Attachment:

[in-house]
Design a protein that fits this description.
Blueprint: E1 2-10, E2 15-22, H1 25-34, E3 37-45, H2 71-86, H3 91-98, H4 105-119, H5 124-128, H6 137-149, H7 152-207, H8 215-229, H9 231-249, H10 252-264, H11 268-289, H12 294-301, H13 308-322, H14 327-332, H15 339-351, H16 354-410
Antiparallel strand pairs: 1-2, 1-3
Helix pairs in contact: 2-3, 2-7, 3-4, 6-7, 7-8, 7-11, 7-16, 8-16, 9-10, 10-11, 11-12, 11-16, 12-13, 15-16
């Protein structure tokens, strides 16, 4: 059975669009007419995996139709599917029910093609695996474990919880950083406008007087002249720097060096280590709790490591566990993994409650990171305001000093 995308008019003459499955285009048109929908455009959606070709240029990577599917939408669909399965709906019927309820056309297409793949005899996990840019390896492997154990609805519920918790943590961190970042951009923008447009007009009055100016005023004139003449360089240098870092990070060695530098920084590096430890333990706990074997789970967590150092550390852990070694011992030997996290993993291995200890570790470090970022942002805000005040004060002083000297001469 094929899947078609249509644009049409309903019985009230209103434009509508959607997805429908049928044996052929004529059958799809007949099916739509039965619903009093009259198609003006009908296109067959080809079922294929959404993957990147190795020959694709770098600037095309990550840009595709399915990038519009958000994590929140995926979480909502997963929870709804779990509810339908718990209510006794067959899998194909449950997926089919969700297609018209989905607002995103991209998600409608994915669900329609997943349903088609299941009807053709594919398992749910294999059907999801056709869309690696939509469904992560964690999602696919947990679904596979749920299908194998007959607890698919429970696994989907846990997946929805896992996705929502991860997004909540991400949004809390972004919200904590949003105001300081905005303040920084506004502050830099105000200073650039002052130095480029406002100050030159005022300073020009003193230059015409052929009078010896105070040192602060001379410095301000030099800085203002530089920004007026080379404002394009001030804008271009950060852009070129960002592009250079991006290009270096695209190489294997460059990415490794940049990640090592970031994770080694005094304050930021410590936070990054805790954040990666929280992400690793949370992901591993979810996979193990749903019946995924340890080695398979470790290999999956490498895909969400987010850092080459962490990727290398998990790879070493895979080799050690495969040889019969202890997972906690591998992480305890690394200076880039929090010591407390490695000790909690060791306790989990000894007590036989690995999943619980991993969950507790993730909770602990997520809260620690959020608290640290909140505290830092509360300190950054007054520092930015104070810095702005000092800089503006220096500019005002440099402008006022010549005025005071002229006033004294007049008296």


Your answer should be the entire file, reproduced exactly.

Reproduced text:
[in-house]
Design a protein that fits this description.
Blueprint: E1 2-10, E2 15-22, H1 25-34, E3 37-45, H2 71-86, H3 91-98, H4 105-119, H5 124-128, H6 137-149, H7 152-207, H8 215-229, H9 231-249, H10 252-264, H11 268-289, H12 294-301, H13 308-322, H14 327-332, H15 339-351, H16 354-410
Antiparallel strand pairs: 1-2, 1-3
Helix pairs in contact: 2-3, 2-7, 3-4, 6-7, 7-8, 7-11, 7-16, 8-16, 9-10, 10-11, 11-12, 11-16, 12-13, 15-16
């Protein structure tokens, strides 16, 4: 059975669009007419995996139709599917029910093609695996474990919880950083406008007087002249720097060096280590709790490591566990993994409650990171305001000093 995308008019003459499955285009048109929908455009959606070709240029990577599917939408669909399965709906019927309820056309297409793949005899996990840019390896492997154990609805519920918790943590961190970042951009923008447009007009009055100016005023004139003449360089240098870092990070060695530098920084590096430890333990706990074997789970967590150092550390852990070694011992030997996290993993291995200890570790470090970022942002805000005040004060002083000297001469 094929899947078609249509644009049409309903019985009230209103434009509508959607997805429908049928044996052929004529059958799809007949099916739509039965619903009093009259198609003006009908296109067959080809079922294929959404993957990147190795020959694709770098600037095309990550840009595709399915990038519009958000994590929140995926979480909502997963929870709804779990509810339908718990209510006794067959899998194909449950997926089919969700297609018209989905607002995103991209998600409608994915669900329609997943349903088609299941009807053709594919398992749910294999059907999801056709869309690696939509469904992560964690999602696919947990679904596979749920299908194998007959607890698919429970696994989907846990997946929805896992996705929502991860997004909540991400949004809390972004919200904590949003105001300081905005303040920084506004502050830099105000200073650039002052130095480029406002100050030159005022300073020009003193230059015409052929009078010896105070040192602060001379410095301000030099800085203002530089920004007026080379404002394009001030804008271009950060852009070129960002592009250079991006290009270096695209190489294997460059990415490794940049990640090592970031994770080694005094304050930021410590936070990054805790954040990666929280992400690793949370992901591993979810996979193990749903019946995924340890080695398979470790290999999956490498895909969400987010850092080459962490990727290398998990790879070493895979080799050690495969040889019969202890997972906690591998992480305890690394200076880039929090010591407390490695000790909690060791306790989990000894007590036989690995999943619980991993969950507790993730909770602990997520809260620690959020608290640290909140505290830092509360300190950054007054520092930015104070810095702005000092800089503006220096500019005002440099402008006022010549005025005071002229006033004294007049008296």